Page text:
“Shh,” Danae croons, holding her hands out. “I’m just trying to help. I know you’re a big scary demon horse and you can eat me, but just – just let me help. I just need to get on your back, okay?” She keeps walking as she talks, edging around to the side that is farthest away from the deepest of the muck and murky water.
Outside of carousel rides at the flea market, Danae has never ridden a horse. And wood and metal don’t have anything on the gigantic flexing mass of power that doesn’t trust her one bit. The horse looks at her again, baring those sharp teeth that’d look more at home in a horror movie than in the mouth of something that’s supposed to only eat grass.
“Will you –” Danae falters, panic tight in her chest. She manages to clear her throat a second later. “Will you get down a bit? I can’t get up like this.” She gestures as she talks, hoping that some of what she’s saying is going through. If the thing in front of her doesn’t understand speech, maybe it’ll understand the hand gestures.
Somehow, it works.
The second that the horse lowers front enough for Danae to feel as if she has a hope in getting on its back, she scrambles for it. She knows it can’t be comfortable, especially when her fingers push into the densely tangled mane and she pulls. This time, the noise that echoes through the night is a pained one.
“I’m sorry. I’m so sorry,” Danae mutters, patting the side of that thick neck and willing the horse not to throw her into the canal – or anywhere else for that matter. “I’m almost there. I just –”
It takes a second or two of wiggling, but finally Danae gets herself situated enough that she can see the dense lines of even thicker vines pressing into black flesh. The knife in her hands seems too small for such a task, but Danae doesn’t have anything bigger or better. She takes to sawing at the vines, muttering at them as she cuts and cuts and cuts without as much as a fray in the fibers.
Finally, she gives up and just tries to yank them free like she’d done with the smaller fines.
Somehow, that works.
The vines fall apart underneath her hands and so she keeps ripping at them, tearing them apart as the horse underneath her starts to move towards the shore with more confident steps. As the last vine crumbles to moist mush beneath her fingers, something changes.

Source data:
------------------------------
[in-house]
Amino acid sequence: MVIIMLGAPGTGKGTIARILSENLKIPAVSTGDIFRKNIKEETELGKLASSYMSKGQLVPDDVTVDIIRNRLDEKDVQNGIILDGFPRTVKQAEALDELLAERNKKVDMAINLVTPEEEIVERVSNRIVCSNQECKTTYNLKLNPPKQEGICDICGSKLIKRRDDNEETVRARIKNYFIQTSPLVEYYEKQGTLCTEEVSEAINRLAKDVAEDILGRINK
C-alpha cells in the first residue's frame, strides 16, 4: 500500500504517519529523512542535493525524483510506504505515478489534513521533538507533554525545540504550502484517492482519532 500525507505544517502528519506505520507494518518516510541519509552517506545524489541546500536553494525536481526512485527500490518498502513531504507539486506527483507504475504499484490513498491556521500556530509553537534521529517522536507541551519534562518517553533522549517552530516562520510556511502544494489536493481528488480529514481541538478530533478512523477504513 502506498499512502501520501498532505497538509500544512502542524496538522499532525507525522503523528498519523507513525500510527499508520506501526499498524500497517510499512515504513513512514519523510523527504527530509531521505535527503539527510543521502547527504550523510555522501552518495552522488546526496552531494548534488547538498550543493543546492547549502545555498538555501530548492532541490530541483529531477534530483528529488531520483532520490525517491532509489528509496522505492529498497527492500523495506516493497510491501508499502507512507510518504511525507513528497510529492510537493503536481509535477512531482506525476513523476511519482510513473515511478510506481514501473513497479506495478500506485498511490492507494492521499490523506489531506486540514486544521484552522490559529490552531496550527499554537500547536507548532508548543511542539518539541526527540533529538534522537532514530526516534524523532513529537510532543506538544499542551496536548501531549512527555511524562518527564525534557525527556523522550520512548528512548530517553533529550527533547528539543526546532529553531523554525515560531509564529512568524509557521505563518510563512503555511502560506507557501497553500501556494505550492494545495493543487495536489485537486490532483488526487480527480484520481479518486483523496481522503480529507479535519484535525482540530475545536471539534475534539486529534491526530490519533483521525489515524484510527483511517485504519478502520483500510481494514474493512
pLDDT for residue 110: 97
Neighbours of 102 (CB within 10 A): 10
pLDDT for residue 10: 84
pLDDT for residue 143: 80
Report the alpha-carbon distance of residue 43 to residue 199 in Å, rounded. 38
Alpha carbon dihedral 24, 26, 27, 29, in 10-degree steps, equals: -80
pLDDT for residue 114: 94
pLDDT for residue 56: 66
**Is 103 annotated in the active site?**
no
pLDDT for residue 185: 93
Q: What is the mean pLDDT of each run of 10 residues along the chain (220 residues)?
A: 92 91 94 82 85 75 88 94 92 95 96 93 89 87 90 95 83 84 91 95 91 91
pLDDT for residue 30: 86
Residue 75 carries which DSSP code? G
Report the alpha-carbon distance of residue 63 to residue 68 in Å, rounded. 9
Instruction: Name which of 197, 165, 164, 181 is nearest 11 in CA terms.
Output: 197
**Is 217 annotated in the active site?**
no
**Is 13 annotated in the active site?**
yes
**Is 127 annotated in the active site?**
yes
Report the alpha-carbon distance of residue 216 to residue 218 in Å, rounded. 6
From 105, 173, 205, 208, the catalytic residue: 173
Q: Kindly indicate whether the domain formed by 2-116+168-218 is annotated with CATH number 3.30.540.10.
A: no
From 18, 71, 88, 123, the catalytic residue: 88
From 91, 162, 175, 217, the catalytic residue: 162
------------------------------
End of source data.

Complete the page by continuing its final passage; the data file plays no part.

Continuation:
There’s something like the pop of pressure changing in the air then Danae finds herself falling –
Something grabs Danae’s shoulders, heat searing her skin through the thin fabric of her t-shirt. Instead of falling face-first into the canal and winding up a sad story on the news in the week after they find her, Danae hovers kind of awkwardly in the air above the water before she’s tossed none too gently onto the grass on the side of the canal.
Danae closes her eyes, breath puffing out of her chest in an aggravated grunt as she lands. She’s not in pain, not really, but her dignity sure is bruised.
When Danae opens her eyes, she immediately looks for the horse that she’d been helping. Sure, by now she’s very aware of the fact that no horse has ever looked like that or had teeth like a shark, but she can’t stop herself from assigning it a familiar name or from trying to find it.
There’s no horse on the riverbank.
If not for the hoof prints stamped into the dirt and the detritus of the vines still clinging to her hands, Danae would honestly tell herself that she managed to imagine the entire experience. Honestly, she probably will spin it into a story once she takes the bus home and is back in her room.
Pushing herself up to her feet, Danae brushes of the front of her pants and then the back, trying to get the worst of the muck off before she gets back on the sidewalk. Sure, as long as she’s dressed the bus driver can’t keep her of the bus, but it’s a lot easier when it doesn’t look like she’s gone for a roll in the mud.
“Now where’s my –” Danae pauses, mouth dropping open when she realizes that she still isn’t alone in front of the canal.
There’s someone – something – crouching down beside her bag, rummaging through her things without any shame. In the barely there light coming from the moon and the flickering street light several yards away up on the sidewalk, at first the only thing Danae can see is skin so dark that it might actually be black and hair that falls like a curtain to the ground.
Then the person turns around and looks at Danae.
Pale green eyes. A thin-lipped mouth that turns from frowning to smiling once the person in front of her meets her gaze. Those teeth. So many of them and so sharp.
Danae nearly topples over from shock.
Of course, she can’t finish her sentence. What sense would that make when the person in front of her isn’t a horse and the horse from before was never even that?
Danae shivers, less from cold than from the nervousness taking hold of her, but then frowns. “What are you?”